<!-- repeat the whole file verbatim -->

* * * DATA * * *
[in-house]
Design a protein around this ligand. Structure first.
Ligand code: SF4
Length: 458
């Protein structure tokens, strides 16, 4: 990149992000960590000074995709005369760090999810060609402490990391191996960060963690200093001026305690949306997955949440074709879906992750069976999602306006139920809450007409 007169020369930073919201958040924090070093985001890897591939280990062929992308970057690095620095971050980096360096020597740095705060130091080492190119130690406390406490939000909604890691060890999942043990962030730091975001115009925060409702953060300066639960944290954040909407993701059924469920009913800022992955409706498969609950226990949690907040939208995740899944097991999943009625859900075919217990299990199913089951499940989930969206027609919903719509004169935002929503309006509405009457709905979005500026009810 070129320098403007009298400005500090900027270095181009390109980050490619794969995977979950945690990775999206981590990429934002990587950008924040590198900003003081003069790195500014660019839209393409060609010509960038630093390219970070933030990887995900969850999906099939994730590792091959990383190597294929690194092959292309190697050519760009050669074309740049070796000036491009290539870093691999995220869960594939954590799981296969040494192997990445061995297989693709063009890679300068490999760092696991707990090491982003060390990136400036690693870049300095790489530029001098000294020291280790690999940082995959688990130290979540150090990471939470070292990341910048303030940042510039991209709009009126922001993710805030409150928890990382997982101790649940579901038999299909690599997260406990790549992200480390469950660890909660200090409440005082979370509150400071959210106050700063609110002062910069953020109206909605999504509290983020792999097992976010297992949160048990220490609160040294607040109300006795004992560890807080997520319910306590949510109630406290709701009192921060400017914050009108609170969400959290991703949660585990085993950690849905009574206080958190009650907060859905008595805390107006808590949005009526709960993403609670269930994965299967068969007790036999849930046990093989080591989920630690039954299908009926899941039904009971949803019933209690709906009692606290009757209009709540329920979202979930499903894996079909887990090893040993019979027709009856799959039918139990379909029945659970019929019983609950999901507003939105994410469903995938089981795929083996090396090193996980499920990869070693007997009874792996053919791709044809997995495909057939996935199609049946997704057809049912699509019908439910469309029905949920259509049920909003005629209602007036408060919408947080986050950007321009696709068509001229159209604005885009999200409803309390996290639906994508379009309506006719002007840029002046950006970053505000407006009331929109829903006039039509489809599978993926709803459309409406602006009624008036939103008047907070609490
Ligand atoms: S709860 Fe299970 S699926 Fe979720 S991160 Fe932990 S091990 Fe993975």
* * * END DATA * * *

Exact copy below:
[in-house]
Design a protein around this ligand. Structure first.
Ligand code: SF4
Length: 458
């Protein structure tokens, strides 16, 4: 990149992000960590000074995709005369760090999810060609402490990391191996960060963690200093001026305690949306997955949440074709879906992750069976999602306006139920809450007409 007169020369930073919201958040924090070093985001890897591939280990062929992308970057690095620095971050980096360096020597740095705060130091080492190119130690406390406490939000909604890691060890999942043990962030730091975001115009925060409702953060300066639960944290954040909407993701059924469920009913800022992955409706498969609950226990949690907040939208995740899944097991999943009625859900075919217990299990199913089951499940989930969206027609919903719509004169935002929503309006509405009457709905979005500026009810 070129320098403007009298400005500090900027270095181009390109980050490619794969995977979950945690990775999206981590990429934002990587950008924040590198900003003081003069790195500014660019839209393409060609010509960038630093390219970070933030990887995900969850999906099939994730590792091959990383190597294929690194092959292309190697050519760009050669074309740049070796000036491009290539870093691999995220869960594939954590799981296969040494192997990445061995297989693709063009890679300068490999760092696991707990090491982003060390990136400036690693870049300095790489530029001098000294020291280790690999940082995959688990130290979540150090990471939470070292990341910048303030940042510039991209709009009126922001993710805030409150928890990382997982101790649940579901038999299909690599997260406990790549992200480390469950660890909660200090409440005082979370509150400071959210106050700063609110002062910069953020109206909605999504509290983020792999097992976010297992949160048990220490609160040294607040109300006795004992560890807080997520319910306590949510109630406290709701009192921060400017914050009108609170969400959290991703949660585990085993950690849905009574206080958190009650907060859905008595805390107006808590949005009526709960993403609670269930994965299967068969007790036999849930046990093989080591989920630690039954299908009926899941039904009971949803019933209690709906009692606290009757209009709540329920979202979930499903894996079909887990090893040993019979027709009856799959039918139990379909029945659970019929019983609950999901507003939105994410469903995938089981795929083996090396090193996980499920990869070693007997009874792996053919791709044809997995495909057939996935199609049946997704057809049912699509019908439910469309029905949920259509049920909003005629209602007036408060919408947080986050950007321009696709068509001229159209604005885009999200409803309390996290639906994508379009309506006719002007840029002046950006970053505000407006009331929109829903006039039509489809599978993926709803459309409406602006009624008036939103008047907070609490
Ligand atoms: S709860 Fe299970 S699926 Fe979720 S991160 Fe932990 S091990 Fe993975």